Man, are these little bottles going to be huge!  Germain Robin has done something very, very smart.  They've crafted four signature cocktails using their brandies and their Low Gap white whiskey, barrel aged some of them, and bottled them in 200ml, ready-to-go, squat bottles.  The labels are fantastic and the booze is even better.  The Brandy Manhattan is made with their Craft Method brandy and Vya sweet vermouth, then barrel aged.  The St. Nick uses the Craft Method with Clear Creek's Cranberry Liqueur!  My personal favorite, the Saratoga, is the Brandy Manhattan recipe, but with Low Gap white whiskey added. Who knew?!  It's splendidly delicious.  They didn't have the 1850 with them which uses Sazerac in the mix, but I'm sure it's tasty as well.  They didn't make too many of these, so I don't expect them to last until the Holidays, but for $19.99 they're going to fly.  People who don't normally even drink booze are going to be curious because of the cute bottle and the idea.  You can get about 2-3 cocktails out of each, so when you figure $10 a drink is the norm at your average bar these days, it's completely within reason.

Also on hand were releases #3 and #4 in their Mezcalero series, which if you didn't know, is the most exciting series in all of booze, in my personal opinion.  I absolutely treasure the #2 release and it looks like I'll be adding these others to my collection as well.  The #3 San Andres Huayapam Agave is smoky, tangy, bursting with citrus, and ultra clean on the finish.  The #4 San Juan del Rio Agave Sierra Negra is a pale gold color (despite no barrel aging) likely due to the concentration of "something," for lack of a better word, in the wild agave it was distilled from.  It is super tangy and far more fruity than the #3, with less tart citrus and more of an earthy character.  Both are amazing and both are distilled from different varieties of agave than the previous releases.  Their goal is to bring something new to the table with every batch and I appreciate that.  Both were distilled by different producers in Oaxaca and then bottled especially for Germain Robin with a retail price of $89.99.

These are not in stock at the moment, but should be in early next week! 

-David Driscoll


A Bruichladdich Visit

The nice part about having WhiskyFest in town is that all the major players fly in for the event and they end up coming by the store.  On Tuesday, I had the pleasure of meeting with Simon from Bruichladdich for some updates on their new whisky agenda.  The exciting part about Bruichladdich's new direction is its precision.  No more crazy, barrel-enhanced one offs.  No more 48 expression collection.  No more peated Bruichladdich, unpeated Bruichladdich.  There's now an all-encompassing idea and they're ready to consolidate.  From now on, no more Rocks, Waves, Peat.  We'll now have the Organic, the Classic, and Port Charlotte without designations or age statements.  The Organic is the everyday version of the vintage organics we've seen for the last year.  It will be a blend of 5, 6, and 7 year old whiskies, all from organic barley.  The Classic Laddie is a blend of 5, 6, 19, and 20 year old whiskies and will be a stable version of the Resurrection Dram.  No more vintages there either.  Also, no more PC7, PC8, PC9!  There's just Port Charlotte now.  The peated dram from Bruichladdich is going to retail for about $60 and is going to be a major competitor for Lagavulin 16 and Ardbeg Uigeadail.  This stuff is incredibly balanced with sweet Bourbon cask vanilla and integrated peat smoke. I was in love instantly.  Exciting!!  More Octomore on the way as well and this new batch is totally mindblowing.  It tastes like a 45% lightly peated malt, but it's actually a 60%, 150+ ppm explosion.  That's due to their amazing stills.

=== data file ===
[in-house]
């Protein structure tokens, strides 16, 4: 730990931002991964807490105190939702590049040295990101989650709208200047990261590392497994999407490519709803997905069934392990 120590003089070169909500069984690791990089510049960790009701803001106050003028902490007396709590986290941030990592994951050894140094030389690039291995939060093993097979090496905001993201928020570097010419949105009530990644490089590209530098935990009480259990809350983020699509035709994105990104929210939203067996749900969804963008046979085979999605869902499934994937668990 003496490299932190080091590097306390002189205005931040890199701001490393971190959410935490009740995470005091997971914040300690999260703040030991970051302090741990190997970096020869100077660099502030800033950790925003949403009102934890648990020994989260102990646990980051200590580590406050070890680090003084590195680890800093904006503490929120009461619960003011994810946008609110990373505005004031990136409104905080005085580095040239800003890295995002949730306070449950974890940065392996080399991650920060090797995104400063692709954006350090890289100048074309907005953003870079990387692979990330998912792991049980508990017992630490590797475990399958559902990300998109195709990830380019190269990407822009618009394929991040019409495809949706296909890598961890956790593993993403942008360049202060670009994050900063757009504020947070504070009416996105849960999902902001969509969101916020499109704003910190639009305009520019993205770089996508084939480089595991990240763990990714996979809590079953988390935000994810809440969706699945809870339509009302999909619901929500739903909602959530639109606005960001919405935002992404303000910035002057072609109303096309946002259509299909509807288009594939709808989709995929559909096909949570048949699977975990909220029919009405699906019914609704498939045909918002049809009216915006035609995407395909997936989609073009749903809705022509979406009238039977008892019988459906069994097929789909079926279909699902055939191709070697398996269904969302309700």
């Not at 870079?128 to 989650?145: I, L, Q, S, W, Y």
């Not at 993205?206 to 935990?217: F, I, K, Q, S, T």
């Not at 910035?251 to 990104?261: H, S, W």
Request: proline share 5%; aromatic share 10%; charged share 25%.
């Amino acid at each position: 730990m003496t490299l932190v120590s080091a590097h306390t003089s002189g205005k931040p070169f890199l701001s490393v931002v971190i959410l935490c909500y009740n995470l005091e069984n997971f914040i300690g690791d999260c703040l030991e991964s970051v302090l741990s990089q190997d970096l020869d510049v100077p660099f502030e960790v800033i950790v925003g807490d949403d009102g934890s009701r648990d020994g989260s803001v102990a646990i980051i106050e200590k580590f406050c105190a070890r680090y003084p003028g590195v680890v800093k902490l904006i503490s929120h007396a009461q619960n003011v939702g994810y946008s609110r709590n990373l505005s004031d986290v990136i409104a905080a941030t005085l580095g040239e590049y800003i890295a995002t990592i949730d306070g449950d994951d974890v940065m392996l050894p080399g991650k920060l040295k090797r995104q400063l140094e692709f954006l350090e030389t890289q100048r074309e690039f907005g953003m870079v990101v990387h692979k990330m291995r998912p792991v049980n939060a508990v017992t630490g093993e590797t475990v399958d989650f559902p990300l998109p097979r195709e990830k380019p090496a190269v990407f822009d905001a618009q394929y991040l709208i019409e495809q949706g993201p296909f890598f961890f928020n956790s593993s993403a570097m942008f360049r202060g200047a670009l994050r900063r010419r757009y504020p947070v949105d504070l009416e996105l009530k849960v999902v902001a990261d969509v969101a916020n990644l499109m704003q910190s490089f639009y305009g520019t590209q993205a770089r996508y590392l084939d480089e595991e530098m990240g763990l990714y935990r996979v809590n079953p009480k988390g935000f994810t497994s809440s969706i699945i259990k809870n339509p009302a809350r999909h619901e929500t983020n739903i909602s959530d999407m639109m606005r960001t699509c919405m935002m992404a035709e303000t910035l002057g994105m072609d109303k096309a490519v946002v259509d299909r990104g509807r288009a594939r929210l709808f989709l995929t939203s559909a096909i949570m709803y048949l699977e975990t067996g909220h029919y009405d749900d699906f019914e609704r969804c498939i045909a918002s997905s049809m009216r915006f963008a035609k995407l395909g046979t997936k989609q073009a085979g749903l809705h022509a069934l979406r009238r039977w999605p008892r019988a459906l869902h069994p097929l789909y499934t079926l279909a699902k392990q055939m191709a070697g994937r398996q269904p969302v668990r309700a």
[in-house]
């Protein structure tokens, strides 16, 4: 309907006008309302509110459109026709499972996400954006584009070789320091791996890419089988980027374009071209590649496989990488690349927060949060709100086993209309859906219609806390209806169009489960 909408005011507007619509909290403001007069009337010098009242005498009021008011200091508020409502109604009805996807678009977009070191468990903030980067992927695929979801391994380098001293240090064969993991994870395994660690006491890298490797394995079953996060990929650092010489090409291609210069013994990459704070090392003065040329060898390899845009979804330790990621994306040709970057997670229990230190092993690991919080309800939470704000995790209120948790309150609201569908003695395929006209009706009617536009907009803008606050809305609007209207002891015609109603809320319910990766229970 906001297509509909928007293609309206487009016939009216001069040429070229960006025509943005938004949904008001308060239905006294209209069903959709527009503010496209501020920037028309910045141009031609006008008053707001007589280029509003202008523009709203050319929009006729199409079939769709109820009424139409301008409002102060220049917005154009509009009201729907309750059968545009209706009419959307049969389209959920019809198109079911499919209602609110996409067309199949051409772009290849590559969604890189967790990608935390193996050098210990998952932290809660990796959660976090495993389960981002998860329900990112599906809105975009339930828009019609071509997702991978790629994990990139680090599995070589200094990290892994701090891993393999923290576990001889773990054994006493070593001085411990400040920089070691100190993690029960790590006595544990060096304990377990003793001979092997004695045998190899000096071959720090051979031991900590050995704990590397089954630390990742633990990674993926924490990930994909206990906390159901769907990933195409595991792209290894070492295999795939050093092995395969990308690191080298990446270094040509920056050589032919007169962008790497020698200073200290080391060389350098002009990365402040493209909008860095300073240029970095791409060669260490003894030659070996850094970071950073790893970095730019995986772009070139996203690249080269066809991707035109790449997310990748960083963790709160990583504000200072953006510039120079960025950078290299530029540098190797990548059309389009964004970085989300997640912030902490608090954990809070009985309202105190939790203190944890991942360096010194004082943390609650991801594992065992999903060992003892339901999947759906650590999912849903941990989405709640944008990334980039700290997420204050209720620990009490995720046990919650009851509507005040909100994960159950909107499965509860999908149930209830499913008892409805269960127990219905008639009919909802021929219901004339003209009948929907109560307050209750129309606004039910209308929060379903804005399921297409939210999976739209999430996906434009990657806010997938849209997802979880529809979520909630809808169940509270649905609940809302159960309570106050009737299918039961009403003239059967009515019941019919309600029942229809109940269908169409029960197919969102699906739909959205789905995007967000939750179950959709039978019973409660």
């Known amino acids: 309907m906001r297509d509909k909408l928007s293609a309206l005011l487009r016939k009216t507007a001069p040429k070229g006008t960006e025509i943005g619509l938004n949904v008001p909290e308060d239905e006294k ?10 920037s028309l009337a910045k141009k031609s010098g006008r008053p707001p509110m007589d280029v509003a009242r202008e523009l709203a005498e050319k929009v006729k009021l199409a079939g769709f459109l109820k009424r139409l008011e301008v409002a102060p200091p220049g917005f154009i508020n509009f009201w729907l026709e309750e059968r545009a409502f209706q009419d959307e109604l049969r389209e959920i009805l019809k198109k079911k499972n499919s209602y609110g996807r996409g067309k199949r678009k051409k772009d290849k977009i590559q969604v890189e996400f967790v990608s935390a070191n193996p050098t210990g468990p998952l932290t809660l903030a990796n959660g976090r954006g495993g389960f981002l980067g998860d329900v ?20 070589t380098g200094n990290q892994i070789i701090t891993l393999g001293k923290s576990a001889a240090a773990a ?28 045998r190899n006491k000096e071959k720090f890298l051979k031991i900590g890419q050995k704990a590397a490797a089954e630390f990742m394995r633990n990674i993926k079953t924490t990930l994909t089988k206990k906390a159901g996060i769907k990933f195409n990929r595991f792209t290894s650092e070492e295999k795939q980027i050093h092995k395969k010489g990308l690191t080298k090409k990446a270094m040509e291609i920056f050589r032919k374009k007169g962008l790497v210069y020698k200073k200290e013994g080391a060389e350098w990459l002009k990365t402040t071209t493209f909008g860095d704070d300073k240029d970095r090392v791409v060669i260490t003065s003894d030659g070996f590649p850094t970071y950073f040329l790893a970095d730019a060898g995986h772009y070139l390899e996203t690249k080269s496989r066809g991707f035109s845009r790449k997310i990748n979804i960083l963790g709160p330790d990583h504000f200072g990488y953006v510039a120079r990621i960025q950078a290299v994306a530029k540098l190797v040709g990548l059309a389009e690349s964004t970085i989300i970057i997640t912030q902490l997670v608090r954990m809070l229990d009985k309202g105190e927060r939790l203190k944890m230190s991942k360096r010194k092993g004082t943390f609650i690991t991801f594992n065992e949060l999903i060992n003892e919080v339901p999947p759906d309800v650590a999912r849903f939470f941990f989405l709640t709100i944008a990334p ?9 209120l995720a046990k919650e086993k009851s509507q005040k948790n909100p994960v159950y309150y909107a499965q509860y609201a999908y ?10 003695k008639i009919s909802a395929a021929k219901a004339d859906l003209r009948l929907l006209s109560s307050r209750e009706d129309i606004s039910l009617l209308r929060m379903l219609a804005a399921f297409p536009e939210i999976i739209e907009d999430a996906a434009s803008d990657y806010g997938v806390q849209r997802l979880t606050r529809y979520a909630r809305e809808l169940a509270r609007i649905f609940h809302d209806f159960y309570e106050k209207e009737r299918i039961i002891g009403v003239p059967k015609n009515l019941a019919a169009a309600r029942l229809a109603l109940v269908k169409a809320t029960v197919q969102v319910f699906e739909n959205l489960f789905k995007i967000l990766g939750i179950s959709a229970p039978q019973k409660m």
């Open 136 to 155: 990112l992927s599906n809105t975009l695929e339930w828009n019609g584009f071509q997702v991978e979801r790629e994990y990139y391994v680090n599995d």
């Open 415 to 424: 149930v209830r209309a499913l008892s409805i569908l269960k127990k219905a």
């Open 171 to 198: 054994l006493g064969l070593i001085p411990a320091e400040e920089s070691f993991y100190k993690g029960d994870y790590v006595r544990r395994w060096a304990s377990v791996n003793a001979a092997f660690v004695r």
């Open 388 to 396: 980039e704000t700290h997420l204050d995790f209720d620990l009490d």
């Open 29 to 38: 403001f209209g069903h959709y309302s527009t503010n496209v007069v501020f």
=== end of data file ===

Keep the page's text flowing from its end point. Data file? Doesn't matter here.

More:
If you ask Simon, or even Jim for that matter, they'll tell you that the stills at Bruichladdich impact the most important element of their whisky's character.  The delicate, elegant nature of their new make comes from the small lyne arm of the Lomand still ("Ugly Betty") that makes sure only the lightest of alcohols make it into the heart cut.  There's no better example of this blithe vibrancy than their new Botanist Gin.  I've been waiting for almost a year to get this in the States and it's finally about to land!

Made with a large selection of Islay herbs and botanicals, the new Botanist Gin should take the American market by storm.  Beautiful concentration of herbal flavor, along with a smooth, supple palate that makes for one of the easiest gin drinks I've ever had.  Simon insists that the Bruichladdich stills have everything to do with this and I know Jim would agree.  The new Bruichladdich products are due to hit in a few weeks along with our exclusive Chenin Blanc cask!  Can't wait for people to try these.  Tasting them makes me realize how much I love this distillery and everything they're about.

-David Driscoll


Chieftain's Tasting! New Arrivals + Food = Fun

Time for another wonderful Chieftain's tasting in Burlingame!  Come and join us at the lovely La Boheme on Tuesday night, October 25th at 7 PM for a walkthrough of Chieftain's newest arrivals.  Caol Ila 14 in a Jamaican Rum cask, Rosebank 20 in sherry cask, plus two of our newest K&L exclusive arrivals - the Bladnoch 18 and the Dailuaine 27!  Other expressions will be poured as well! This will be a monster tasting all for only $25 and that includes food!!

Reservations are available here.  Your name will be added to a guest list, so no need to wait for an actual ticket!  See you there,

-David Driscoll